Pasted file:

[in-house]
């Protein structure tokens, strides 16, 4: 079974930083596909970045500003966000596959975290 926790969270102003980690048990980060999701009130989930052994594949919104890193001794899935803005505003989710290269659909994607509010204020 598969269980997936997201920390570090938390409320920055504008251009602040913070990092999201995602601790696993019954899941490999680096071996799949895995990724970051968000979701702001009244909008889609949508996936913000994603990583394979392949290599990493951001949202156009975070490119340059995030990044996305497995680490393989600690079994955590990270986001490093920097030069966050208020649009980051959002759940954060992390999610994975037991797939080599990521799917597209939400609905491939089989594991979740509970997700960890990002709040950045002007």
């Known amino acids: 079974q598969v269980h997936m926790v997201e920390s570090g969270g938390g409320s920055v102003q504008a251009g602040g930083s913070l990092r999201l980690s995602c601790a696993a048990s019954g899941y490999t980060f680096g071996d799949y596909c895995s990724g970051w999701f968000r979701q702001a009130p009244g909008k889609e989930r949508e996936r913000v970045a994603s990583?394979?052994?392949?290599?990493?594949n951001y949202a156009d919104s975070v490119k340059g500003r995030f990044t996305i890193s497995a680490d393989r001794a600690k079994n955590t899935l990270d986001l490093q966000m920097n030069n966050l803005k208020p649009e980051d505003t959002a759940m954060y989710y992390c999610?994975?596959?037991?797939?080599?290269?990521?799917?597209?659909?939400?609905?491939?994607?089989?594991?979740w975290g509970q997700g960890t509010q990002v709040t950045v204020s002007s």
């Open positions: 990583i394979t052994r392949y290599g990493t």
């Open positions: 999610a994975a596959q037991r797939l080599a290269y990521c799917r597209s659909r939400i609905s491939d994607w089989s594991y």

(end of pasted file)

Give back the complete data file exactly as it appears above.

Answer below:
[in-house]
């Protein structure tokens, strides 16, 4: 079974930083596909970045500003966000596959975290 926790969270102003980690048990980060999701009130989930052994594949919104890193001794899935803005505003989710290269659909994607509010204020 598969269980997936997201920390570090938390409320920055504008251009602040913070990092999201995602601790696993019954899941490999680096071996799949895995990724970051968000979701702001009244909008889609949508996936913000994603990583394979392949290599990493951001949202156009975070490119340059995030990044996305497995680490393989600690079994955590990270986001490093920097030069966050208020649009980051959002759940954060992390999610994975037991797939080599990521799917597209939400609905491939089989594991979740509970997700960890990002709040950045002007």
């Known amino acids: 079974q598969v269980h997936m926790v997201e920390s570090g969270g938390g409320s920055v102003q504008a251009g602040g930083s913070l990092r999201l980690s995602c601790a696993a048990s019954g899941y490999t980060f680096g071996d799949y596909c895995s990724g970051w999701f968000r979701q702001a009130p009244g909008k889609e989930r949508e996936r913000v970045a994603s990583?394979?052994?392949?290599?990493?594949n951001y949202a156009d919104s975070v490119k340059g500003r995030f990044t996305i890193s497995a680490d393989r001794a600690k079994n955590t899935l990270d986001l490093q966000m920097n030069n966050l803005k208020p649009e980051d505003t959002a759940m954060y989710y992390c999610?994975?596959?037991?797939?080599?290269?990521?799917?597209?659909?939400?609905?491939?994607?089989?594991?979740w975290g509970q997700g960890t509010q990002v709040t950045v204020s002007s």
């Open positions: 990583i394979t052994r392949y290599g990493t």
């Open positions: 999610a994975a596959q037991r797939l080599a290269y990521c799917r597209s659909r939400i609905s491939d994607w089989s594991y």